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I am building a stand alone program so there are no external files for the program to access. What would be the best way to recall what the size of the window, and the location of a certain element inside the window were prior the the last shut down?

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Beware the .NET Settings mechanism: I remember breaking my application several times on startup, only to find that it was executing code for retrieving the settings, which means that you might see longer startups in your program. –  Mehrdad Jan 2 '11 at 23:26

4 Answers 4

up vote 0 down vote accepted

Well, I think the options are two:

  • Also if you're not using external files you could store your settings in the auto-generated .config file;
  • Save the values in the registry;

For the first option look at MSDN, for the second try to look here.

EDIT: How to write into the registry:

RegistryKey currentUser = Registry.CurrentUser;
RegistryKey subKey = currentUser.CreateSubKey("MyTest", RegistryKeyPermissionCheck.ReadWriteSubTree);
subKey.SetValue("WindowHeight", 1024);
subKey.SetValue("WindowWidth", 1024);
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I prefer to use the registry, I am trying to keep it a stand alone exe. The only thing I can't seem to find, is how do I write deeper into the registry? Your tutorial and all the other I am finding only write to "HKEY_Current_User". How do I write to, say "HKEY_Current_User\Software"? –  Sean Jan 2 '11 at 23:33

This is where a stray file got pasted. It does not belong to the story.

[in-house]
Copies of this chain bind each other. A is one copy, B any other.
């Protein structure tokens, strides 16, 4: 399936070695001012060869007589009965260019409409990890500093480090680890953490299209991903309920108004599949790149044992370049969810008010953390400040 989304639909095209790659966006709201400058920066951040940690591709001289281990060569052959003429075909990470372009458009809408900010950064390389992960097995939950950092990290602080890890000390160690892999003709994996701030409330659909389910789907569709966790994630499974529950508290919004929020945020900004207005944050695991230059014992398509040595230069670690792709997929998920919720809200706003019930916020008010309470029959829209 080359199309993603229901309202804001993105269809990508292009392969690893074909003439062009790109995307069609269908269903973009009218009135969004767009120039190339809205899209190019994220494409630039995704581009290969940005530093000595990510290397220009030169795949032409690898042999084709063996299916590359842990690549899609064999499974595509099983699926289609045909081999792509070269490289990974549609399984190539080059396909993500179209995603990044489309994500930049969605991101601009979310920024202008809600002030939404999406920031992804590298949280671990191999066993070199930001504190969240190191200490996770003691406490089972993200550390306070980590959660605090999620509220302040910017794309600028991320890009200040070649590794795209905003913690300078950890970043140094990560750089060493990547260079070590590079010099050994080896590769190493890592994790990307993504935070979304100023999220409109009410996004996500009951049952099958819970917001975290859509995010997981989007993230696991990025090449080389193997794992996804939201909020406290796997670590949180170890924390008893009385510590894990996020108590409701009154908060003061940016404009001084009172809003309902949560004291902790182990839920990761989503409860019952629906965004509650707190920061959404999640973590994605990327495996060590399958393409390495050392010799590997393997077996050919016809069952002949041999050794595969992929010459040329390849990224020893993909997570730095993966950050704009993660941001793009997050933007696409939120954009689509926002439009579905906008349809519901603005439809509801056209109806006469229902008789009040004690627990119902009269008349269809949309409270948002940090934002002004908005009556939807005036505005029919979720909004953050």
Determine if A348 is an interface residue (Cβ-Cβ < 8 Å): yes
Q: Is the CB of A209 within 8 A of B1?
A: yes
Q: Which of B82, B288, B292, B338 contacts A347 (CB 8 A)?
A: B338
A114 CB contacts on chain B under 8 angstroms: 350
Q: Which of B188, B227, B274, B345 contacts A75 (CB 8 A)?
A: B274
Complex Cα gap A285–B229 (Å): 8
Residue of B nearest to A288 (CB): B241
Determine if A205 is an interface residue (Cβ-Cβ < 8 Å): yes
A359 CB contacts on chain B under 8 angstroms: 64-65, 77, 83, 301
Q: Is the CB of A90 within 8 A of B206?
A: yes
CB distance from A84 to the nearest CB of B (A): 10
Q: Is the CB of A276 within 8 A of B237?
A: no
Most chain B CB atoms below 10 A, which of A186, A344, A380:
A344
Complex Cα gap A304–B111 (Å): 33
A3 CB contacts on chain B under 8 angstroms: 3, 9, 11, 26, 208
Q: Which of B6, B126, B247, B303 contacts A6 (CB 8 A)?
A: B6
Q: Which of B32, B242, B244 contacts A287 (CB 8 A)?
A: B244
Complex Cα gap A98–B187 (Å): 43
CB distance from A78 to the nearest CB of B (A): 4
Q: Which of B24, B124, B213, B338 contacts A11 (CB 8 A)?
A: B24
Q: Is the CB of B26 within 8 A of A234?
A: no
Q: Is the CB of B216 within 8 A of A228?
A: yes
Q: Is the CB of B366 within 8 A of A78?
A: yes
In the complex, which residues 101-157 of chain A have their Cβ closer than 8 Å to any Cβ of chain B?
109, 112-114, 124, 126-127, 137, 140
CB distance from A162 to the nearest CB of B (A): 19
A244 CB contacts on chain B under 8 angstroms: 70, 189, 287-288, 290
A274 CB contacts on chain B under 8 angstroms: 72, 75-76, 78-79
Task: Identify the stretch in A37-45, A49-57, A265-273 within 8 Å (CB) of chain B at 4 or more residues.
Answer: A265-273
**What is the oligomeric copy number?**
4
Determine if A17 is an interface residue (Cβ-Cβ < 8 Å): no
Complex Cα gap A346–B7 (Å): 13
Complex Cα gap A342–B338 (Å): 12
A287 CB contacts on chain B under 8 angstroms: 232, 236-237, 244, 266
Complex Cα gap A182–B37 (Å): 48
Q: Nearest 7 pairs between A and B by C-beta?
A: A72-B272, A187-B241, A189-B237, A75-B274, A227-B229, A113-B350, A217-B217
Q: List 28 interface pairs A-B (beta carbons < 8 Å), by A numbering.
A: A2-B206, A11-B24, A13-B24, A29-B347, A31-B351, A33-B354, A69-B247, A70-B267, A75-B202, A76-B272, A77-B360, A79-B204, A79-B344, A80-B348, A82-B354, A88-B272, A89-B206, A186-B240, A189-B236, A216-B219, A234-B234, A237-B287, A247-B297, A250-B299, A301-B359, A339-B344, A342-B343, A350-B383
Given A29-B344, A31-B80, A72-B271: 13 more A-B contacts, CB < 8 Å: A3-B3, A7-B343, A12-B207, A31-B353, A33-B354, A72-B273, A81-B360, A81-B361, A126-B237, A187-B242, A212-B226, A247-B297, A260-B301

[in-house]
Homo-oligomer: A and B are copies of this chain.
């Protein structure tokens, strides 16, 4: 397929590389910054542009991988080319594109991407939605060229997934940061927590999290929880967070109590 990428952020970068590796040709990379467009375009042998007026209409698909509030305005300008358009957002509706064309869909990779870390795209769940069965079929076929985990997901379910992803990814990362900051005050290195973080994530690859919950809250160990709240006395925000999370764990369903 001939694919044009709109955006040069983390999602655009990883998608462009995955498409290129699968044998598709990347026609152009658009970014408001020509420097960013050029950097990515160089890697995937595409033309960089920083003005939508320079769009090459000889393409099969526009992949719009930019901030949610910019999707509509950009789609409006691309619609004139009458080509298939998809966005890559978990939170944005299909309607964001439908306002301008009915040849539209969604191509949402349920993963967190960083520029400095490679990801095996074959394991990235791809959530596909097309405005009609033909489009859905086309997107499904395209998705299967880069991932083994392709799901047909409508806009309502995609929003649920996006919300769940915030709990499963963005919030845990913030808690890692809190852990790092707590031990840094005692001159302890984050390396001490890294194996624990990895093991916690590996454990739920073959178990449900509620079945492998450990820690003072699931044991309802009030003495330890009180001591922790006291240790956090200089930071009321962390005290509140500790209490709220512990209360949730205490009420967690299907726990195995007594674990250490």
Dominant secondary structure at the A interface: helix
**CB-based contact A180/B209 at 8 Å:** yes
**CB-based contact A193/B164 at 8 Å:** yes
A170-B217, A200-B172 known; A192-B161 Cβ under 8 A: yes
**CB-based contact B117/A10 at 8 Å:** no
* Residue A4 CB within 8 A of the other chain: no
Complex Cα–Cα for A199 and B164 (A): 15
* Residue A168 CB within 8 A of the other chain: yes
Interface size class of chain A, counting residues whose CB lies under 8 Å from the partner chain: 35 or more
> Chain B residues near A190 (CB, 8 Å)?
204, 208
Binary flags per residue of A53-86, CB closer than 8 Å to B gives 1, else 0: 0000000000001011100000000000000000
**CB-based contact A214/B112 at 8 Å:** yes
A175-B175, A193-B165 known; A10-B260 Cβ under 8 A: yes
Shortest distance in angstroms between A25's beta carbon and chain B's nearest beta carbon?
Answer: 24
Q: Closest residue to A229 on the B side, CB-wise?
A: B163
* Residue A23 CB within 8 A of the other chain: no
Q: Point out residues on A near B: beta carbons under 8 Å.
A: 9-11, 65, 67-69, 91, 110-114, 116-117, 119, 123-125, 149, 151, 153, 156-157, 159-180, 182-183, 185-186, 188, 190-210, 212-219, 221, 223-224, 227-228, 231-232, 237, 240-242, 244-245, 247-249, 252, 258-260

Updated my post, see the example :) –  as-cii Jan 2 '11 at 23:42
I mean how do I dive deeper into the registry? Like if I wanted to write to "HKEY_Current_User\Software\companyname\program\newkey" How do I do this? –  Sean Jan 2 '11 at 23:48
If your target is to write a portable app then writing to the registry isnt exactly clean/efficient. I would recommend using the Application.Settings class or writing and parsing a simple INI file as described here: bytes.com/topic/net/insights/797169-reading-parsing-ini-file-c Good Luck. –  Machinarius Jan 2 '11 at 23:54
Just use backslash in CreateSubKey method. For example currentUser.CreateSubKey("MyTest\\A\\B\\C\\D\\E", RegistryKeyPermissionCheck.ReadWriteSubTree) will automagically dive deeper into the registry creating new subkeys if necessary. –  as-cii Jan 2 '11 at 23:57

I would do it with Settings provided by .NET, that's quiet comfortable: http://msdn.microsoft.com/en-us/library/aa730869%28v=vs.80%29.aspx

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After working with the Properties.Settings classes for a while, I got fed up and wrote my own settings class that writes settings to an XML file in the data folder.

You can see the approach I took at http://www.blackbeltcoder.com/Articles/net/a-custom-settings-class-for-winforms.

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